Last Modified: Friday, September 21, 2012 2:19 PM
BATON ROUGE (AP) — The Baton Rouge man believed to be behind the bomb threat that led to the massive evacuation of the LSU campus earlier this week was indicted by a federal grand jury Thursday.
U.S. Attorney Don Cazayoux said William Bouvay, 42, was charged with one count of willfully conveying false information concerning the attempt to destroy property by means of explosives.
If convicted, Bouvay faces up to 10 years in prison and a fine up to $250,000.
Bouvay also faces a state charge of communicating false information of a planned bombing and could serve up to 20 years of jail time if convicted of those charges.
Cazayoux said federal prosecutors will work with District Attorney Hillar Moore "to achieve the best possible result in this case, which wreaked havoc and disrupted the lives of the people of LSU and the entire city of Baton Rouge."
Bouvay is being held in lieu of a $1 million bond at the East Baton Rouge Parish jail.
Bouvay was arrested Tuesday night after investigators from multiple agencies were able to track down the deactivated cell phone Bouvay used to call 911 Monday.
According to police documents, the caller said "Yes, I planted three bombs at LSU's school campus," and added "This is not a joke." Authorities believe he is the only person involved in the campus threat.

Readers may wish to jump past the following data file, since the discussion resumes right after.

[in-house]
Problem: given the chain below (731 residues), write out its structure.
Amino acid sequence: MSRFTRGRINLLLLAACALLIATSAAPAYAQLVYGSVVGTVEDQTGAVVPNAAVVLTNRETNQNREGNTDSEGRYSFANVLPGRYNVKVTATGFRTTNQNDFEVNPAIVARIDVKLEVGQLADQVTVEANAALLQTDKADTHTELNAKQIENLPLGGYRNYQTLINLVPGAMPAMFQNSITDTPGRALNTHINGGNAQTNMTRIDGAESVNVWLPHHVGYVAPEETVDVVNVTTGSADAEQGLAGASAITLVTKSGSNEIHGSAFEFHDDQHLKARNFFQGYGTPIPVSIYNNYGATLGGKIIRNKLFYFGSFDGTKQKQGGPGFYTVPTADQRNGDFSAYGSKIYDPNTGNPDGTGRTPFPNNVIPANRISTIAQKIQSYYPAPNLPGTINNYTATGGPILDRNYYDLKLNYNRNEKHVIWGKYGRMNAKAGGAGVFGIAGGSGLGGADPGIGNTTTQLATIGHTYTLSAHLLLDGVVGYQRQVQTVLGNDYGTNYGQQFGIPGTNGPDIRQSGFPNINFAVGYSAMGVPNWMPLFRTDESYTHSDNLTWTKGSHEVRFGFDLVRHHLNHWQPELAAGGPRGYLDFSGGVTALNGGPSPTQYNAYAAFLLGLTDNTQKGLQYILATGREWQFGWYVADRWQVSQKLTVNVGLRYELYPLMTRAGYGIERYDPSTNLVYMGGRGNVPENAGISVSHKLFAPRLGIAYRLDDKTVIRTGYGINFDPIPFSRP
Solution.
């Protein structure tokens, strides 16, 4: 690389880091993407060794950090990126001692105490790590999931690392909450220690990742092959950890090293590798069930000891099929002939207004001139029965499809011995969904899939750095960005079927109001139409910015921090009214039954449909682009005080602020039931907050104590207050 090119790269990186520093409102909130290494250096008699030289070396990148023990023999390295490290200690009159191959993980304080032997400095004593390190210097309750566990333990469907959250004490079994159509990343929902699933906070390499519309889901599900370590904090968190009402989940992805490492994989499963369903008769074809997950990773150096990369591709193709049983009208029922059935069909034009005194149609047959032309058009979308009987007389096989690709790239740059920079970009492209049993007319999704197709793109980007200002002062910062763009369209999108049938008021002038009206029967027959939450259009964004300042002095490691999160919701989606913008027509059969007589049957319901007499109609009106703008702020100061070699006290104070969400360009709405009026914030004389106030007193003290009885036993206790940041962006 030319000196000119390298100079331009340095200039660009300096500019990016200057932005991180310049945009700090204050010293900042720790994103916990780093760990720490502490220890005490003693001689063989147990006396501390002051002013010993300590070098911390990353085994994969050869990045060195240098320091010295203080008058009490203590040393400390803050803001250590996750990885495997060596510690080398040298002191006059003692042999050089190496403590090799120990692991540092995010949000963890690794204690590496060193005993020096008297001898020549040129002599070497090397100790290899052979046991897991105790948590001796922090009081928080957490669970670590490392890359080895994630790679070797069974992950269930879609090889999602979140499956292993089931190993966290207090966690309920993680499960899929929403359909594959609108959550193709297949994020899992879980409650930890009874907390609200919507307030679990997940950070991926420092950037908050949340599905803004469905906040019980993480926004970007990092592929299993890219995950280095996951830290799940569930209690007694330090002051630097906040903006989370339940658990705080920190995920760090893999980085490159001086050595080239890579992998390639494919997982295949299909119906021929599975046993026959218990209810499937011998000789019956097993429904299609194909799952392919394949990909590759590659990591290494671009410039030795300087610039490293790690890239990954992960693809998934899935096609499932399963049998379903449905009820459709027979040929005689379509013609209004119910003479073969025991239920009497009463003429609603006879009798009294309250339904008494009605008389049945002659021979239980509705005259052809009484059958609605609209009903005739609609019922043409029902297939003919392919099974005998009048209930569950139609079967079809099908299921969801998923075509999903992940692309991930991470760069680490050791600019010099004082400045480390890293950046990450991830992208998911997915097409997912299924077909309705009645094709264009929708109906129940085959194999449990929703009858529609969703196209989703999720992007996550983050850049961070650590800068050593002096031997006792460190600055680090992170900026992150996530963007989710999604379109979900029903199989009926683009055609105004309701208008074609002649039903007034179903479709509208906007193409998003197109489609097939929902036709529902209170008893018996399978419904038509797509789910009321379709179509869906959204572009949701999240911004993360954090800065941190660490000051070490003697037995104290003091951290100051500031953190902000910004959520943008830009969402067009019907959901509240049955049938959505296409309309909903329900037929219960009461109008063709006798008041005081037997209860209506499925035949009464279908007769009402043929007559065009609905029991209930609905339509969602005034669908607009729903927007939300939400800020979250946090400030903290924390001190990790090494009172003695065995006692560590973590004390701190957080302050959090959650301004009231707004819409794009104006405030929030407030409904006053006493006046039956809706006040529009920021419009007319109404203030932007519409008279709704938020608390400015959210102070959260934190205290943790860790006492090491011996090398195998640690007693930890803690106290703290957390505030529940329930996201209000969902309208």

The caller didn't indicate a specific location on campus so bomb-squad officers with explosives-sniffing dogs were called in to sweep all of the 250 buildings on campus.
Authorities say Bouvay admitted to making the call after he was taken into custody.
Similar bomb threats were made last week at college campuses in Texas, North Dakota and Ohio, but authorities say they don't believe there is any connection to the Baton Rouge scare.
Officials believe a majority of the university's 30,000 students, professors and employees were on campus when the threat was phoned in.
Superintendent of state police Col. Mike Edmonson said the university was evacuated in under an hour after emergency text messages and emails were sent out but many found themselves ensnarled in traffic as thousands fled from campus.
LSU Interim President William Jenkins said those issues will be reviewed.
"An evacuation of this magnitude...does not come without problems," he said.
Students were allowed to return to dormitories late Monday night and classes resumed on Tuesday after officials determined there were no explosives on campus.
LSU Police Capt. Cory Lalonde says Bouvay is not an LSU student and doesn't appear to have any connection to the campus. Officials have refused to speculate on a motive, saying only that it wasn't a national security issue.
East Baton Rouge Sheriff Sid Gautreaux said Bouvay has had run-ins with the law before. He was charged with attempted second-degree murder and domestic violence after his ex-wife accused him of almost choking her to death. He entered a guilty plea in exchange for reduced charges and probation.
According to court documents, Bouvay was on probation at the time of his arrest.